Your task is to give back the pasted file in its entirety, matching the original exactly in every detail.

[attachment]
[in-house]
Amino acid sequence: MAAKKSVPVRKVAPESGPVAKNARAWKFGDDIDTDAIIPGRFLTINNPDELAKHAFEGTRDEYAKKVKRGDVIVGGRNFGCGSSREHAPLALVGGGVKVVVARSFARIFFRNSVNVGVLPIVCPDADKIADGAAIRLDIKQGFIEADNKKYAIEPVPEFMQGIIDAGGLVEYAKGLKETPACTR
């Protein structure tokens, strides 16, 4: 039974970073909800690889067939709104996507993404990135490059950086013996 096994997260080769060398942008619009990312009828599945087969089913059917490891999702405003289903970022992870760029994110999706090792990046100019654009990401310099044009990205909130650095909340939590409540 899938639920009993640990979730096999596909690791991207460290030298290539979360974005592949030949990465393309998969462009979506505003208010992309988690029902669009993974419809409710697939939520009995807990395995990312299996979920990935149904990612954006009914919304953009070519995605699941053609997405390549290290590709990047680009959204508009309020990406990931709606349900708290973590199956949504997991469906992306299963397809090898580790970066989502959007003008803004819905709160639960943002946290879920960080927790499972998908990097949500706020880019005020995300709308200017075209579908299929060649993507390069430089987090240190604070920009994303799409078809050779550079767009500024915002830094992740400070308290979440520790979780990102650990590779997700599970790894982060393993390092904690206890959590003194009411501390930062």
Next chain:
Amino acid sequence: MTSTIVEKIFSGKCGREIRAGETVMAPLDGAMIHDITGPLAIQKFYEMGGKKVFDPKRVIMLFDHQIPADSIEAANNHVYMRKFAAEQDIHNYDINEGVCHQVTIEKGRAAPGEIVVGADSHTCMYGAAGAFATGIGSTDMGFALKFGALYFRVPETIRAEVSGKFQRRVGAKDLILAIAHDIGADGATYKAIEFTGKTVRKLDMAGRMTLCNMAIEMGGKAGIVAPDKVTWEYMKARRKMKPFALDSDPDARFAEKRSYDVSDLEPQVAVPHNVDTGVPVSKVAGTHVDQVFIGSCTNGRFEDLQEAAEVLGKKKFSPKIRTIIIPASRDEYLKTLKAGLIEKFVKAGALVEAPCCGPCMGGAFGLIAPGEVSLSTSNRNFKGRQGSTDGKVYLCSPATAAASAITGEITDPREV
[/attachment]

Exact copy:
[in-house]
Amino acid sequence: MAAKKSVPVRKVAPESGPVAKNARAWKFGDDIDTDAIIPGRFLTINNPDELAKHAFEGTRDEYAKKVKRGDVIVGGRNFGCGSSREHAPLALVGGGVKVVVARSFARIFFRNSVNVGVLPIVCPDADKIADGAAIRLDIKQGFIEADNKKYAIEPVPEFMQGIIDAGGLVEYAKGLKETPACTR
């Protein structure tokens, strides 16, 4: 039974970073909800690889067939709104996507993404990135490059950086013996 096994997260080769060398942008619009990312009828599945087969089913059917490891999702405003289903970022992870760029994110999706090792990046100019654009990401310099044009990205909130650095909340939590409540 899938639920009993640990979730096999596909690791991207460290030298290539979360974005592949030949990465393309998969462009979506505003208010992309988690029902669009993974419809409710697939939520009995807990395995990312299996979920990935149904990612954006009914919304953009070519995605699941053609997405390549290290590709990047680009959204508009309020990406990931709606349900708290973590199956949504997991469906992306299963397809090898580790970066989502959007003008803004819905709160639960943002946290879920960080927790499972998908990097949500706020880019005020995300709308200017075209579908299929060649993507390069430089987090240190604070920009994303799409078809050779550079767009500024915002830094992740400070308290979440520790979780990102650990590779997700599970790894982060393993390092904690206890959590003194009411501390930062």
Next chain:
Amino acid sequence: MTSTIVEKIFSGKCGREIRAGETVMAPLDGAMIHDITGPLAIQKFYEMGGKKVFDPKRVIMLFDHQIPADSIEAANNHVYMRKFAAEQDIHNYDINEGVCHQVTIEKGRAAPGEIVVGADSHTCMYGAAGAFATGIGSTDMGFALKFGALYFRVPETIRAEVSGKFQRRVGAKDLILAIAHDIGADGATYKAIEFTGKTVRKLDMAGRMTLCNMAIEMGGKAGIVAPDKVTWEYMKARRKMKPFALDSDPDARFAEKRSYDVSDLEPQVAVPHNVDTGVPVSKVAGTHVDQVFIGSCTNGRFEDLQEAAEVLGKKKFSPKIRTIIIPASRDEYLKTLKAGLIEKFVKAGALVEAPCCGPCMGGAFGLIAPGEVSLSTSNRNFKGRQGSTDGKVYLCSPATAAASAITGEITDPREV